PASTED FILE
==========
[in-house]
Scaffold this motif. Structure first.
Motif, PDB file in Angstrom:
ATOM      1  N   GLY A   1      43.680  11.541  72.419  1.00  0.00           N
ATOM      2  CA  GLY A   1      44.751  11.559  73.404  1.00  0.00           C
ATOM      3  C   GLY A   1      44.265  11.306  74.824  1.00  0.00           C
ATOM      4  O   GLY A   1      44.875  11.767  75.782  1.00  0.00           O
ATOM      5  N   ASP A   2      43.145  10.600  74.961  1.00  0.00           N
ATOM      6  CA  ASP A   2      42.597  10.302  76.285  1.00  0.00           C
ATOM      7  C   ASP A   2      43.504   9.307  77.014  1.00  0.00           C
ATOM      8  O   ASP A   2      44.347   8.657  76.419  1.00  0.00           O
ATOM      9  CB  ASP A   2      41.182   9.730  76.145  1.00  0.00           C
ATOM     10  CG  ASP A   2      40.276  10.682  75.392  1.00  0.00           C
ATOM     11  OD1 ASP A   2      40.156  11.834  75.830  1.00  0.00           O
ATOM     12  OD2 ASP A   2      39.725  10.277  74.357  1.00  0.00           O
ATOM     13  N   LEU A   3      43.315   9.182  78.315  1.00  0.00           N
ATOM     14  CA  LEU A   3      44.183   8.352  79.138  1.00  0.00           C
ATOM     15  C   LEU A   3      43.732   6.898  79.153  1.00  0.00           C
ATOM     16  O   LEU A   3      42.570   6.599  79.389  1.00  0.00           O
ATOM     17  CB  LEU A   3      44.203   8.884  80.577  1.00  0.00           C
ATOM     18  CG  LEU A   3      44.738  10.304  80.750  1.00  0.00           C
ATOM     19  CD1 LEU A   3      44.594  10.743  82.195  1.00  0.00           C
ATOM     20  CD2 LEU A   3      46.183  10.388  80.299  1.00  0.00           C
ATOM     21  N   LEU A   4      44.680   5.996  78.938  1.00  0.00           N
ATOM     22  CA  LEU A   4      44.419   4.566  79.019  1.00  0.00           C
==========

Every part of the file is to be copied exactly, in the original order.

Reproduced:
[in-house]
Scaffold this motif. Structure first.
Motif, PDB file in Angstrom:
ATOM      1  N   GLY A   1      43.680  11.541  72.419  1.00  0.00           N
ATOM      2  CA  GLY A   1      44.751  11.559  73.404  1.00  0.00           C
ATOM      3  C   GLY A   1      44.265  11.306  74.824  1.00  0.00           C
ATOM      4  O   GLY A   1      44.875  11.767  75.782  1.00  0.00           O
ATOM      5  N   ASP A   2      43.145  10.600  74.961  1.00  0.00           N
ATOM      6  CA  ASP A   2      42.597  10.302  76.285  1.00  0.00           C
ATOM      7  C   ASP A   2      43.504   9.307  77.014  1.00  0.00           C
ATOM      8  O   ASP A   2      44.347   8.657  76.419  1.00  0.00           O
ATOM      9  CB  ASP A   2      41.182   9.730  76.145  1.00  0.00           C
ATOM     10  CG  ASP A   2      40.276  10.682  75.392  1.00  0.00           C
ATOM     11  OD1 ASP A   2      40.156  11.834  75.830  1.00  0.00           O
ATOM     12  OD2 ASP A   2      39.725  10.277  74.357  1.00  0.00           O
ATOM     13  N   LEU A   3      43.315   9.182  78.315  1.00  0.00           N
ATOM     14  CA  LEU A   3      44.183   8.352  79.138  1.00  0.00           C
ATOM     15  C   LEU A   3      43.732   6.898  79.153  1.00  0.00           C
ATOM     16  O   LEU A   3      42.570   6.599  79.389  1.00  0.00           O
ATOM     17  CB  LEU A   3      44.203   8.884  80.577  1.00  0.00           C
ATOM     18  CG  LEU A   3      44.738  10.304  80.750  1.00  0.00           C
ATOM     19  CD1 LEU A   3      44.594  10.743  82.195  1.00  0.00           C
ATOM     20  CD2 LEU A   3      46.183  10.388  80.299  1.00  0.00           C
ATOM     21  N   LEU A   4      44.680   5.996  78.938  1.00  0.00           N
ATOM     22  CA  LEU A   4      44.419   4.566  79.019  1.00  0.00           C